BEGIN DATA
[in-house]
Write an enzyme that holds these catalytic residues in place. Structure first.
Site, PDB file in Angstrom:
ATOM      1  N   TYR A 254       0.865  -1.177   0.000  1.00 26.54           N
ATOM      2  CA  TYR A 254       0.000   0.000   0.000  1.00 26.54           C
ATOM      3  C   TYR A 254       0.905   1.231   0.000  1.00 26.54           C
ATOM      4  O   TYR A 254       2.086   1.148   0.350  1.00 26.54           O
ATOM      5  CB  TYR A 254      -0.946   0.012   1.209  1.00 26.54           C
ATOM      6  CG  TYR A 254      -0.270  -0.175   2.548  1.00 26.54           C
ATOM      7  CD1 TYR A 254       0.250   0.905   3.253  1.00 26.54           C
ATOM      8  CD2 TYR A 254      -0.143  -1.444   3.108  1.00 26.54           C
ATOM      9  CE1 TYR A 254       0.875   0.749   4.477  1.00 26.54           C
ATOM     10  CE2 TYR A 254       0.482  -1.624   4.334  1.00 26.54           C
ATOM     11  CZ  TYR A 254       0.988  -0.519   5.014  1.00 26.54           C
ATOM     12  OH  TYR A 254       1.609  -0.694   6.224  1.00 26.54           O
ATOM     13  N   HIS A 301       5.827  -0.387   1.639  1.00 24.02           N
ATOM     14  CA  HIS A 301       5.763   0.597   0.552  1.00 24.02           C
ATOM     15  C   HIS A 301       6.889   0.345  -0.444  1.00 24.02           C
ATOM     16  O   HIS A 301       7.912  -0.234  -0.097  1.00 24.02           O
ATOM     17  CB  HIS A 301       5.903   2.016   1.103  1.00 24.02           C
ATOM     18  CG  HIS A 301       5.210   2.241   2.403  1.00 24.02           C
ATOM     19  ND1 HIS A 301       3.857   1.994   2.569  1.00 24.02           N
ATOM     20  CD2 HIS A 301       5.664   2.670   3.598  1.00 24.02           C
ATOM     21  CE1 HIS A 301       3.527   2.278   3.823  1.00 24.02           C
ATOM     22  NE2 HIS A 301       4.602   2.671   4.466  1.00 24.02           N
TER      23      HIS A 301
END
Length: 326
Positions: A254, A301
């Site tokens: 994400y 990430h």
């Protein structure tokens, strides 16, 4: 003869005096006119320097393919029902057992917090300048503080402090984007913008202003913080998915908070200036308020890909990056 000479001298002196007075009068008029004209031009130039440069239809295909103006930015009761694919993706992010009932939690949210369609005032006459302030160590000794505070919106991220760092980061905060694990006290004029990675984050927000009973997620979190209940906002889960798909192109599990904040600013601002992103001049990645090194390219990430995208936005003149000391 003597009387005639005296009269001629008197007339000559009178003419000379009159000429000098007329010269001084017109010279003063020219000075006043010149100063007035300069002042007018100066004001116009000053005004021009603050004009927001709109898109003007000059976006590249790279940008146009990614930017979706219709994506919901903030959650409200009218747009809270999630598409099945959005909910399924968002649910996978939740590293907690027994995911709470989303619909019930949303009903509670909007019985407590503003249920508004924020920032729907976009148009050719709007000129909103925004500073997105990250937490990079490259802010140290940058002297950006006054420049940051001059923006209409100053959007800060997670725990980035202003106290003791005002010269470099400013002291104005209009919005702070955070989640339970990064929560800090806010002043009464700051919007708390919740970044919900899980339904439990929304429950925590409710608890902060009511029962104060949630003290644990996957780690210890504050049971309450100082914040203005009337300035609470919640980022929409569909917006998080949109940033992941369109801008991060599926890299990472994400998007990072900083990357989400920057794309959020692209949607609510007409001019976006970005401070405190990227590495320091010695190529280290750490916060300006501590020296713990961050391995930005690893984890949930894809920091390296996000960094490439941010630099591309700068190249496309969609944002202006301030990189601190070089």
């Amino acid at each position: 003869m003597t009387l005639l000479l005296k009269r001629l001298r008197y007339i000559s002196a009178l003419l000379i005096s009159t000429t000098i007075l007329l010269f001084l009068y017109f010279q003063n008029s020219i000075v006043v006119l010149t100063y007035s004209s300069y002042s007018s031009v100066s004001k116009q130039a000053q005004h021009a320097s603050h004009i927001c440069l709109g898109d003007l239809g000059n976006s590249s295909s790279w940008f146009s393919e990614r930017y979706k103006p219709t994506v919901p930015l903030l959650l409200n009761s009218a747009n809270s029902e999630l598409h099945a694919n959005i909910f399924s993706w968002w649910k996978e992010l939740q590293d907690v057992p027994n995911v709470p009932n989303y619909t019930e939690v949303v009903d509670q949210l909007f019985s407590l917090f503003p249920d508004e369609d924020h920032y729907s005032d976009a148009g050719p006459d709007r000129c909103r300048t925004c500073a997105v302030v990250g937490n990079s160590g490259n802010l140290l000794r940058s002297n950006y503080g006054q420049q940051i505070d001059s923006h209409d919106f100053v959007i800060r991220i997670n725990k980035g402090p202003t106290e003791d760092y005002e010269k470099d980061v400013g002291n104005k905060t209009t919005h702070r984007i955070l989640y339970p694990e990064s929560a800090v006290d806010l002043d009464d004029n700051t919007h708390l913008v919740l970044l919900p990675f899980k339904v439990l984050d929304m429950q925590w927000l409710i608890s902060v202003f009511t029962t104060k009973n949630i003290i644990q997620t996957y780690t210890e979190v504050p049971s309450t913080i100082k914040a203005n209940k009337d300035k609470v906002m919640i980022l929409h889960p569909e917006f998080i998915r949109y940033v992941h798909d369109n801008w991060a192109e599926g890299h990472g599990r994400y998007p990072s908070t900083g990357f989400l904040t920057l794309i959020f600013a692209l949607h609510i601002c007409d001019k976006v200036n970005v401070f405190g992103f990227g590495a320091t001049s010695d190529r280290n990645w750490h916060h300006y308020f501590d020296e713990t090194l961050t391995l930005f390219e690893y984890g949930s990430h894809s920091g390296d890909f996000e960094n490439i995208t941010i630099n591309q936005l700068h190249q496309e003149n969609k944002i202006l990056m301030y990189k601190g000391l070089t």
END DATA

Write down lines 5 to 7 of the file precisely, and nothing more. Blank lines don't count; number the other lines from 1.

ATOM      2  CA  TYR A 254       0.000   0.000   0.000  1.00 26.54           C
ATOM      3  C   TYR A 254       0.905   1.231   0.000  1.00 26.54           C
ATOM      4  O   TYR A 254       2.086   1.148   0.350  1.00 26.54           O